This highly readable and insightful work provides us with compelling group and individual portraits of Bunche, Frazier, and Harris as social scientists, as thinkers, and as intellectual activists. (Waldo E. Martin Jr., University of California, Berkeley)
Confronting the Veil: Abram Harris Jr., E. Franklin Frazier, and Ralph Bunche, 1919-1941by Jonathan Scott Holloway
Harris, Frazier, and Bunche
In this book, Jonathan Holloway explores the early lives and careers of economist Abram Harris Jr., sociologist E. Franklin Frazier, and political scientist Ralph Bunche--three black scholars who taught at Howard University during the New Deal and, together, formed the leading edge of American social science radicalism.
Harris, Frazier, and Bunche represented the vanguard of the young black radical intellectual-activists who dared to criticize the NAACP for its cautious civil rights agenda and saw in the turmoil of the Great Depression an opportunity to advocate class-based solutions to what were commonly considered racial problems. Despite the broader approach they called for, both their advocates and their detractors had difficulty seeing them as anything but "black intellectuals" speaking on "black issues."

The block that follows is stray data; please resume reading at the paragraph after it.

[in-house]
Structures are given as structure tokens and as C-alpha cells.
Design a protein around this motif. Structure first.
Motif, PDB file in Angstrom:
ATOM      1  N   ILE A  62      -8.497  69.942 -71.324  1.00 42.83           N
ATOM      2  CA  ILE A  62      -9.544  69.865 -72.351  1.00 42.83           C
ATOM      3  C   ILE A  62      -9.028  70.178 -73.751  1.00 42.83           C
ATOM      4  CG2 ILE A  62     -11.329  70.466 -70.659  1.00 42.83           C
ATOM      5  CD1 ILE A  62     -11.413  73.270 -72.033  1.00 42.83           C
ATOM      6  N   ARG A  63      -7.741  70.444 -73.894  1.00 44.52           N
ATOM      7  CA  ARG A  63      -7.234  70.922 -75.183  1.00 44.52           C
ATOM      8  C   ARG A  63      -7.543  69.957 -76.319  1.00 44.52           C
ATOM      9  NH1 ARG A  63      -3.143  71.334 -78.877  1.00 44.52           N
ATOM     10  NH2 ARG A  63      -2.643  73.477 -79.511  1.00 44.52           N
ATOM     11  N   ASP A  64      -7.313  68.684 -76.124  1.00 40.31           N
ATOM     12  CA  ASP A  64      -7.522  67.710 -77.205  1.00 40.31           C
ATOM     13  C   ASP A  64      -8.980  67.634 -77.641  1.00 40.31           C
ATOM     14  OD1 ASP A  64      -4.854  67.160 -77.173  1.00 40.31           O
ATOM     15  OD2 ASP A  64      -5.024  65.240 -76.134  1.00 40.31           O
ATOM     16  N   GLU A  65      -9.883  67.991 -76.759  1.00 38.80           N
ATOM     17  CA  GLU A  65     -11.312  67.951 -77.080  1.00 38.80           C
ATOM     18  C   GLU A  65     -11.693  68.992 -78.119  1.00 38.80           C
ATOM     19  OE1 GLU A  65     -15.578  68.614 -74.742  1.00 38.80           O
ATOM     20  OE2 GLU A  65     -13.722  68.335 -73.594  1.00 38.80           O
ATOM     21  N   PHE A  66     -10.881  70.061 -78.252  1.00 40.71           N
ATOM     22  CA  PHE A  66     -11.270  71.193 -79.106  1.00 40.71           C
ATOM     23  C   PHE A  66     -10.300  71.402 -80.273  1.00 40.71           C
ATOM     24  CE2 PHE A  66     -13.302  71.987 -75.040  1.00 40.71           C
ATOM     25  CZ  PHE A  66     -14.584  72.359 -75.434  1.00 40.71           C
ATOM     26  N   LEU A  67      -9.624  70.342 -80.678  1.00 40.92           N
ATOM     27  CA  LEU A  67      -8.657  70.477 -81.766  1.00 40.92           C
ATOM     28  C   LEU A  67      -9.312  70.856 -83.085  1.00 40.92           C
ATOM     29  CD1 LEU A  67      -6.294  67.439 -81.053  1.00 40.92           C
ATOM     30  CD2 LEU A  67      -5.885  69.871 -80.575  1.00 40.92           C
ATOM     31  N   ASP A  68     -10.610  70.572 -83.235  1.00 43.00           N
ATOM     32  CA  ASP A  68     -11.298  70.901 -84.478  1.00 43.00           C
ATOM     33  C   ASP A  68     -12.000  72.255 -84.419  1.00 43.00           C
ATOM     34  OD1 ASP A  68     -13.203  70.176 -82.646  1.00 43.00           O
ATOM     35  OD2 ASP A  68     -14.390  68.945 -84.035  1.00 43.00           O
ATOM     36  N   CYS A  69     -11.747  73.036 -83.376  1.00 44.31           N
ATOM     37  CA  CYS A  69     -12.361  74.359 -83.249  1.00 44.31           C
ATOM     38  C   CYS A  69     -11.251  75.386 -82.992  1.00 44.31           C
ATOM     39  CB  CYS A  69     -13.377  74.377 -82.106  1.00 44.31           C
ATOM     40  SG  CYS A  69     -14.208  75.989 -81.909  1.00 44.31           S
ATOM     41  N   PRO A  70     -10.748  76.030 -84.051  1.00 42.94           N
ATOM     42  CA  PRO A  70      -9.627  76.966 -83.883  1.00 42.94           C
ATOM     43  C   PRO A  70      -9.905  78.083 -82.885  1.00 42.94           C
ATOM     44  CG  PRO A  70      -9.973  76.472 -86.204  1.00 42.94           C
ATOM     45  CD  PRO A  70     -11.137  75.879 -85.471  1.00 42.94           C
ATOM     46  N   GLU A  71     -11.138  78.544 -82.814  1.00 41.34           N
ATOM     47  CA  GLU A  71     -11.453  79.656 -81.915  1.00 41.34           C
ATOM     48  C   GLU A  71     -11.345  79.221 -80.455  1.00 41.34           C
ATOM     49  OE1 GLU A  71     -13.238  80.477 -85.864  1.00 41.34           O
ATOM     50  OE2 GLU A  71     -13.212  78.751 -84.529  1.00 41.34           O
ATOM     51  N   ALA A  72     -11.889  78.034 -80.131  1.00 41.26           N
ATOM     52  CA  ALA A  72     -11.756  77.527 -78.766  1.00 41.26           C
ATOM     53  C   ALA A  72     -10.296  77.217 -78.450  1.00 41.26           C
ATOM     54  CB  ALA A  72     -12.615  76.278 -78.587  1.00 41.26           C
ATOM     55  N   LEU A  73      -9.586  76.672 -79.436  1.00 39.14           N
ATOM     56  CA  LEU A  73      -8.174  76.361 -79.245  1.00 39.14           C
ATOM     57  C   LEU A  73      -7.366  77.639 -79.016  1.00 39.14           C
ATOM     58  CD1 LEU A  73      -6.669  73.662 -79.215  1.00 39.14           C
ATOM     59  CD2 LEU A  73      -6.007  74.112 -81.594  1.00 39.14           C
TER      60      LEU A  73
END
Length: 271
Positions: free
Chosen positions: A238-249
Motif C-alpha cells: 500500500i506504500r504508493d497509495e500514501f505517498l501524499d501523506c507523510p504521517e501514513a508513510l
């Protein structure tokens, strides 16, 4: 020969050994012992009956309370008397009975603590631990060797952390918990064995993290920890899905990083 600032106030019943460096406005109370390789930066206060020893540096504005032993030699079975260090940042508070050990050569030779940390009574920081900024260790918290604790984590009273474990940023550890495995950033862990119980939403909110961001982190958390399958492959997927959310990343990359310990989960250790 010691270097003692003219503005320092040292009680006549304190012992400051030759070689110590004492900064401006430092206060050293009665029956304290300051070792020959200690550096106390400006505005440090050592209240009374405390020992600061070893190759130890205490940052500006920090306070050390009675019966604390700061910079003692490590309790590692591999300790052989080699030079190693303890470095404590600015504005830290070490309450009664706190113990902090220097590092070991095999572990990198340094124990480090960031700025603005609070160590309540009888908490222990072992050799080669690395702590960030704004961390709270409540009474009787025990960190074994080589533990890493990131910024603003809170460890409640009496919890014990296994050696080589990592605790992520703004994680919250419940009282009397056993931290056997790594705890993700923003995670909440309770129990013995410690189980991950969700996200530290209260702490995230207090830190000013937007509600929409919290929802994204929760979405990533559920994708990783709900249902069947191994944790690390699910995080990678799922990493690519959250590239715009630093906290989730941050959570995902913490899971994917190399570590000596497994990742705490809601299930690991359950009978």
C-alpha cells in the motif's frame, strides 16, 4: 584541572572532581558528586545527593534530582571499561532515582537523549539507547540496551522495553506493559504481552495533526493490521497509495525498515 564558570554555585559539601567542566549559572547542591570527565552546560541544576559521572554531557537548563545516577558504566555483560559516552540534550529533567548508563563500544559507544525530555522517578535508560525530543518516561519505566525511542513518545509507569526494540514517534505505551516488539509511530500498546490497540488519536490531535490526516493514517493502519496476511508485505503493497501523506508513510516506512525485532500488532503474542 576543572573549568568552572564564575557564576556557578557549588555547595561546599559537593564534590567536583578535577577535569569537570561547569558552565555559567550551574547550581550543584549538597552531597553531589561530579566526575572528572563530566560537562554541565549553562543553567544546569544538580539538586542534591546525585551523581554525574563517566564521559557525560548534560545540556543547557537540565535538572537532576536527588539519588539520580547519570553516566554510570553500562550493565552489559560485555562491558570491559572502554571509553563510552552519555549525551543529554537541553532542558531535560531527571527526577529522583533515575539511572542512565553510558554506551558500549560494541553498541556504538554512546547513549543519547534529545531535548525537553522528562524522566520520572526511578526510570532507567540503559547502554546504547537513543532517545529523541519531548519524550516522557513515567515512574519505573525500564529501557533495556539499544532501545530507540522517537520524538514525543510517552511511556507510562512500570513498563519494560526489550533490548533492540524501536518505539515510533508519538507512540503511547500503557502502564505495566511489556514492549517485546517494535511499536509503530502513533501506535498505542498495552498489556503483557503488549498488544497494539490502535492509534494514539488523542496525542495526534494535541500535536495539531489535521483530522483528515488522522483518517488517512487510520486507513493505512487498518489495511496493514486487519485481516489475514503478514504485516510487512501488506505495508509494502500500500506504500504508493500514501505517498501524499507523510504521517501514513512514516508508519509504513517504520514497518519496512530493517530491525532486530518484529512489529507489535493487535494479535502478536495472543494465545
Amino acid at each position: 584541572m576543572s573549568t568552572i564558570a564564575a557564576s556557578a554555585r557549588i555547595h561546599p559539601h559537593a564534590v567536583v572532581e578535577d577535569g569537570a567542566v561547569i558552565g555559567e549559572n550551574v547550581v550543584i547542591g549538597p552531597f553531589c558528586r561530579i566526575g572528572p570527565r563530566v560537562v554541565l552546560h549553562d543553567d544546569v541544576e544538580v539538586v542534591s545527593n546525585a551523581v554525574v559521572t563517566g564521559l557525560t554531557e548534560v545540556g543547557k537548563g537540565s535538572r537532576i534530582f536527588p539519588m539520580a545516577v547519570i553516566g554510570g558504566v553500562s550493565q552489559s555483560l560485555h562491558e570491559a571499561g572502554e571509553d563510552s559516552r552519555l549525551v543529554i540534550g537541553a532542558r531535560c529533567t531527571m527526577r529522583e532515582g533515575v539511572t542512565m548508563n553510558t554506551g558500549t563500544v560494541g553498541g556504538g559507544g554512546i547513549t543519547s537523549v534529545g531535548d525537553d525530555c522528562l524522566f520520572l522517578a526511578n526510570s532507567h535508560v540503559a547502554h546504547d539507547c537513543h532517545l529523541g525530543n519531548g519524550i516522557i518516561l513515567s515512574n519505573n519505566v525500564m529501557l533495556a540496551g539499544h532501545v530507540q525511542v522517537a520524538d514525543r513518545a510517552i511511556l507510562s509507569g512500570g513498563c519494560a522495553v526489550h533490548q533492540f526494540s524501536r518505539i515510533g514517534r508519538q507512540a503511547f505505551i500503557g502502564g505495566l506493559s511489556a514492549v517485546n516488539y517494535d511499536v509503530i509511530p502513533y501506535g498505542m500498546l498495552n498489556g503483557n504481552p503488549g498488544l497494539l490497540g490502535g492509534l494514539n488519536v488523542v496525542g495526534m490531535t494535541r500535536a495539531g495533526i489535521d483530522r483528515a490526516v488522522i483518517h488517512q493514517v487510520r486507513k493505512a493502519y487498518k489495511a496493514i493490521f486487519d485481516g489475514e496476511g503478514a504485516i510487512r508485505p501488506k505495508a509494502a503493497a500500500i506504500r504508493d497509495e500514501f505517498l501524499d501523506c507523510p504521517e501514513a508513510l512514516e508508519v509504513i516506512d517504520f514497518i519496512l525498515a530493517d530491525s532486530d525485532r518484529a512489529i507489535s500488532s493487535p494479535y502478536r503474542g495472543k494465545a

A social and intellectual history of the trio, of Howard University, and of black Washington, Confronting the Veil investigates the effects of racialized thinking on Harris, Frazier, Bunche, and others who wanted to think "beyond race--who envisioned a workers' movement that would eliminate racial divisiveness and who used social science to demonstrate the ways in which race is constructed by social phenomena. Ultimately, the book sheds new light on how people have used race to constrain the possibilities of radical politics and social science thinking.
What People are saying about this
In Confronting the Veil Jonathan Holloway has fused rich intellectual history with vivid biography to produce an engrossing exploration in the sociology of racial knowledge. This is an exceptional book.David Levering Lewis, New York University
This highly readable and insightful work provides us with compelling group and individual portraits of Bunche, Frazier, and Harris as social scientists, as thinkers, and as intellectual activists. It is an important contribution to the expanding historical discussion of the development and consequences of African American thought and politics in the 1930s.Waldo E. Martin Jr., University of California, Berkeley
A very good book that deserves the close attention of persons interested in and intrigued by the issues of continuity and discontinuity in African American social scientific thinking.Journal of American History
Meet the Author
Jonathan Scott Holloway is professor of history and African American studies at Yale University.
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